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Relationship between Psychiatric Nurse Work Environments and Nurse Burnout in Acute Care General Hospitals

Relationship between Psychiatric Nurse Work Environments and Nurse Burnout in Acute Care General... Following deinstitutionalization, inpatient psychiatric services moved from state institutions to general hospitals. Despite the magnitude of these changes, evaluations of the quality of inpatient care environments in general hospitals are limited. This study examined the extent to which organizational factors of the inpatient psychiatric environments are associated with psychiatric nurse burnout. Organizational factors were measured by an instrument endorsed by the National Quality Forum. Robust clustered regression analysis was used to examine the relationship between organizational factors in 67 hospitals and levels of burnout for 353 psychiatric nurses. Lower levels of psychiatric nurse burnout was significantly associated with inpatient environments that had better overall quality work environments, more effective managers, strong nurse-physician relationships, and higher psychiatric nurse-to-patient staffing ratios. These results suggest that adjustments in organizational management of inpatient psychiatric environments could have a positive effect on psychiatric nurses' capacity to sustain safe and effective patient care environments. http://www.deepdyve.com/assets/images/DeepDyve-Logo-lg.png Issues in Mental Health Nursing Taylor & Francis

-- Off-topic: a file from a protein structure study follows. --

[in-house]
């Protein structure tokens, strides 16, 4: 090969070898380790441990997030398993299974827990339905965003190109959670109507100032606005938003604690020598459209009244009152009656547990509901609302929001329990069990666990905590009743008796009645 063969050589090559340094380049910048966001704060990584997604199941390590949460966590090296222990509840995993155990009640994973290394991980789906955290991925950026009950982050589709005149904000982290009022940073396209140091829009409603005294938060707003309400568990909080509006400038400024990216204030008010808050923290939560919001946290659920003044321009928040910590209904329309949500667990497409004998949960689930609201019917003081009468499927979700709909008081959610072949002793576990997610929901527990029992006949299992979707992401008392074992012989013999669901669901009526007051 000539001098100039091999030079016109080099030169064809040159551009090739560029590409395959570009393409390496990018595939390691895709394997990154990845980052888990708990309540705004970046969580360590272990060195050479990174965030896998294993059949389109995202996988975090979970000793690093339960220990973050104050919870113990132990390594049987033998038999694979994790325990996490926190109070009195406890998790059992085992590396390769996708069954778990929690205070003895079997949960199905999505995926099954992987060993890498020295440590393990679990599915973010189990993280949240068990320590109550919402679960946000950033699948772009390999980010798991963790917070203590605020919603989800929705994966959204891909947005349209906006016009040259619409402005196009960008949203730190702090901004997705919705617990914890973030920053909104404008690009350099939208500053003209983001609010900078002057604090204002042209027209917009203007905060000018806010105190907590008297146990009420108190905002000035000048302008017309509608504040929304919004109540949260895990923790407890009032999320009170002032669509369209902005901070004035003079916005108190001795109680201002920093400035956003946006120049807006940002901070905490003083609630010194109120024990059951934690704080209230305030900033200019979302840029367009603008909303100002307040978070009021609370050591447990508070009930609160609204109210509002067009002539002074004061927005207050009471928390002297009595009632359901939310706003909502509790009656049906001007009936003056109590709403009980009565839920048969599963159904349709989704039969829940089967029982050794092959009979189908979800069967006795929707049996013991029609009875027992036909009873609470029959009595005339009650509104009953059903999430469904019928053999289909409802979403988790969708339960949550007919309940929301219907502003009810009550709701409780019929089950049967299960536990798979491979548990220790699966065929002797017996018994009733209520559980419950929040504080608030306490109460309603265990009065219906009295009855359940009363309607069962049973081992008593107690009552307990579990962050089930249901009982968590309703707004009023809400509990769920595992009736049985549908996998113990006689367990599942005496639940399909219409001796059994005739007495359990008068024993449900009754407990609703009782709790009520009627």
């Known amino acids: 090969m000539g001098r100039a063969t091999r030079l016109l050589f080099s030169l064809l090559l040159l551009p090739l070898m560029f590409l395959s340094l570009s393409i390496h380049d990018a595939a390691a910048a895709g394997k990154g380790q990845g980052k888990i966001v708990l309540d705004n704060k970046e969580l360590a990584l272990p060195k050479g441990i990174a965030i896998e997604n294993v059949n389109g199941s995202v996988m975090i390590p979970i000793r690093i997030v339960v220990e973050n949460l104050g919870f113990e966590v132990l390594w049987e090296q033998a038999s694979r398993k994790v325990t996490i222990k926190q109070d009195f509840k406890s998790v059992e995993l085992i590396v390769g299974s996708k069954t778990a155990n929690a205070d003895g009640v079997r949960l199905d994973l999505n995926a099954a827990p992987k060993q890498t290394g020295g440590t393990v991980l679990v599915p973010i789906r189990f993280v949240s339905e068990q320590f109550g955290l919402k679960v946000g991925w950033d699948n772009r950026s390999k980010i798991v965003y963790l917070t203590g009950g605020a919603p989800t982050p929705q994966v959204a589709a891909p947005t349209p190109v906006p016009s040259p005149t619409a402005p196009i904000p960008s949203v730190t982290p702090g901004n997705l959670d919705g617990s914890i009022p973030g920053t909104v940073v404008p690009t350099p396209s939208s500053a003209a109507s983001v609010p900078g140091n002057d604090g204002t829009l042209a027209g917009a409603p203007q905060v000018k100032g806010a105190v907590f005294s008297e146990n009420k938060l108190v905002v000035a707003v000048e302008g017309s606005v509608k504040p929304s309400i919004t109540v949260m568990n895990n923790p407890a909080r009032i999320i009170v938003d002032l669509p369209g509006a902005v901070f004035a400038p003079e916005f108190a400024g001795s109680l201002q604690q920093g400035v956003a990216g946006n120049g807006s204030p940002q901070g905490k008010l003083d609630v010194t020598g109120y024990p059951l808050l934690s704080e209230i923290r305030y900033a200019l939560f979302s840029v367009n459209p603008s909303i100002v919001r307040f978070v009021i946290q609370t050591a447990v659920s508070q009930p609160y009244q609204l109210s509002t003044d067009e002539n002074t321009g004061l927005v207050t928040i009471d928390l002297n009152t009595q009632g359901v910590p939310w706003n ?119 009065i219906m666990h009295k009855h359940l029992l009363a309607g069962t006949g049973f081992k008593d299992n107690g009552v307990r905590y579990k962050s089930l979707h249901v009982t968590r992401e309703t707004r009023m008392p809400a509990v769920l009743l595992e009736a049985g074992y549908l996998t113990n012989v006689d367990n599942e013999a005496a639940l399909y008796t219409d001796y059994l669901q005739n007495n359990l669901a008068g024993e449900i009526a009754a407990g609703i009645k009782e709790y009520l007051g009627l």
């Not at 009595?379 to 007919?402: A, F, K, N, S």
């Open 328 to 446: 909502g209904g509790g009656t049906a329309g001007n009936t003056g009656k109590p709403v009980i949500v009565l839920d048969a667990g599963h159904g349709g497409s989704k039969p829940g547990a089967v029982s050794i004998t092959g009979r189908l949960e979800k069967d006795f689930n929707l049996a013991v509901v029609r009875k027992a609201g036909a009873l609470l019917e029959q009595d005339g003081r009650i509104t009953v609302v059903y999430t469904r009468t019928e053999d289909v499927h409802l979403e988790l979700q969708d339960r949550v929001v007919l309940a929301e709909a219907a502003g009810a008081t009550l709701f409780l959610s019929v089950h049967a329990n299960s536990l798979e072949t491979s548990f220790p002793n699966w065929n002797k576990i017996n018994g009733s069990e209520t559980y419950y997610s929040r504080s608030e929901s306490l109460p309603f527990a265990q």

Relationship between Psychiatric Nurse Work Environments and Nurse Burnout in Acute Care General Hospitals

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References (78)

Publisher
Taylor & Francis
Copyright
Copyright © 2010 Informa Healthcare USA, Inc.
ISSN
1096-4673
eISSN
0161-2840
DOI
10.3109/01612840903200068
pmid
20144031
Publisher site
See Article on Publisher Site

Abstract

Following deinstitutionalization, inpatient psychiatric services moved from state institutions to general hospitals. Despite the magnitude of these changes, evaluations of the quality of inpatient care environments in general hospitals are limited. This study examined the extent to which organizational factors of the inpatient psychiatric environments are associated with psychiatric nurse burnout. Organizational factors were measured by an instrument endorsed by the National Quality Forum. Robust clustered regression analysis was used to examine the relationship between organizational factors in 67 hospitals and levels of burnout for 353 psychiatric nurses. Lower levels of psychiatric nurse burnout was significantly associated with inpatient environments that had better overall quality work environments, more effective managers, strong nurse-physician relationships, and higher psychiatric nurse-to-patient staffing ratios. These results suggest that adjustments in organizational management of inpatient psychiatric environments could have a positive effect on psychiatric nurses' capacity to sustain safe and effective patient care environments.

Journal

Issues in Mental Health NursingTaylor & Francis

Published: Jan 1, 2010

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